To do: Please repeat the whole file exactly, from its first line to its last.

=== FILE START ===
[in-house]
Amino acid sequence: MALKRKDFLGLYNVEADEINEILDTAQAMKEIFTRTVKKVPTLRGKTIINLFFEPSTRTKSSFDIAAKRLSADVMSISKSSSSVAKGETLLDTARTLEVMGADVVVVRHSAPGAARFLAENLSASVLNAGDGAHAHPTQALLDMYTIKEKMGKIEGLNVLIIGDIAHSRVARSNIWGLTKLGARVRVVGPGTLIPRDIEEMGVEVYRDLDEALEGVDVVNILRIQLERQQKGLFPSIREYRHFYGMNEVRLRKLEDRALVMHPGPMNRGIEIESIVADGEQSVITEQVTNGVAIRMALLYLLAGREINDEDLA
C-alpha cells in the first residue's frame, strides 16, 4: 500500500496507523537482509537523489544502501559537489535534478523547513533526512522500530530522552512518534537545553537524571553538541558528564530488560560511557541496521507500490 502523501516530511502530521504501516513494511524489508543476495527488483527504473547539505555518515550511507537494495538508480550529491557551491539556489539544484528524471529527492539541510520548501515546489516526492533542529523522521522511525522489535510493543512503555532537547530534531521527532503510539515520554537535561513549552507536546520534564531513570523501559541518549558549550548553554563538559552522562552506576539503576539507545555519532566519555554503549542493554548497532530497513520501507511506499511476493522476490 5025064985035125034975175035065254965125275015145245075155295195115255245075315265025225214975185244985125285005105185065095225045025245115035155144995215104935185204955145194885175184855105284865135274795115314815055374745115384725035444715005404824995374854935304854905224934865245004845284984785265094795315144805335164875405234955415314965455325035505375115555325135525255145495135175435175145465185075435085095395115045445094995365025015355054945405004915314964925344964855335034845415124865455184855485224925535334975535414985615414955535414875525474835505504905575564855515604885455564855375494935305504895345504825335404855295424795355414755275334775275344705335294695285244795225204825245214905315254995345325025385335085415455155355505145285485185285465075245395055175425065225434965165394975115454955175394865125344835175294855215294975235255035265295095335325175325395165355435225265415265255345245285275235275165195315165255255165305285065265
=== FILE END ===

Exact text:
[in-house]
Amino acid sequence: MALKRKDFLGLYNVEADEINEILDTAQAMKEIFTRTVKKVPTLRGKTIINLFFEPSTRTKSSFDIAAKRLSADVMSISKSSSSVAKGETLLDTARTLEVMGADVVVVRHSAPGAARFLAENLSASVLNAGDGAHAHPTQALLDMYTIKEKMGKIEGLNVLIIGDIAHSRVARSNIWGLTKLGARVRVVGPGTLIPRDIEEMGVEVYRDLDEALEGVDVVNILRIQLERQQKGLFPSIREYRHFYGMNEVRLRKLEDRALVMHPGPMNRGIEIESIVADGEQSVITEQVTNGVAIRMALLYLLAGREINDEDLA
C-alpha cells in the first residue's frame, strides 16, 4: 500500500496507523537482509537523489544502501559537489535534478523547513533526512522500530530522552512518534537545553537524571553538541558528564530488560560511557541496521507500490 502523501516530511502530521504501516513494511524489508543476495527488483527504473547539505555518515550511507537494495538508480550529491557551491539556489539544484528524471529527492539541510520548501515546489516526492533542529523522521522511525522489535510493543512503555532537547530534531521527532503510539515520554537535561513549552507536546520534564531513570523501559541518549558549550548553554563538559552522562552506576539503576539507545555519532566519555554503549542493554548497532530497513520501507511506499511476493522476490 5025064985035125034975175035065254965125275015145245075155295195115255245075315265025225214975185244985125285005105185065095225045025245115035155144995215104935185204955145194885175184855105284865135274795115314815055374745115384725035444715005404824995374854935304854905224934865245004845284984785265094795315144805335164875405234955415314965455325035505375115555325135525255145495135175435175145465185075435085095395115045445094995365025015355054945405004915314964925344964855335034845415124865455184855485224925535334975535414985615414955535414875525474835505504905575564855515604885455564855375494935305504895345504825335404855295424795355414755275334775275344705335294695285244795225204825245214905315254995345325025385335085415455155355505145285485185285465075245395055175425065225434965165394975115454955175394865125344835175294855215294975235255035265295095335325175325395165355435225265415265255345245285275235275165195315165255255165305285065265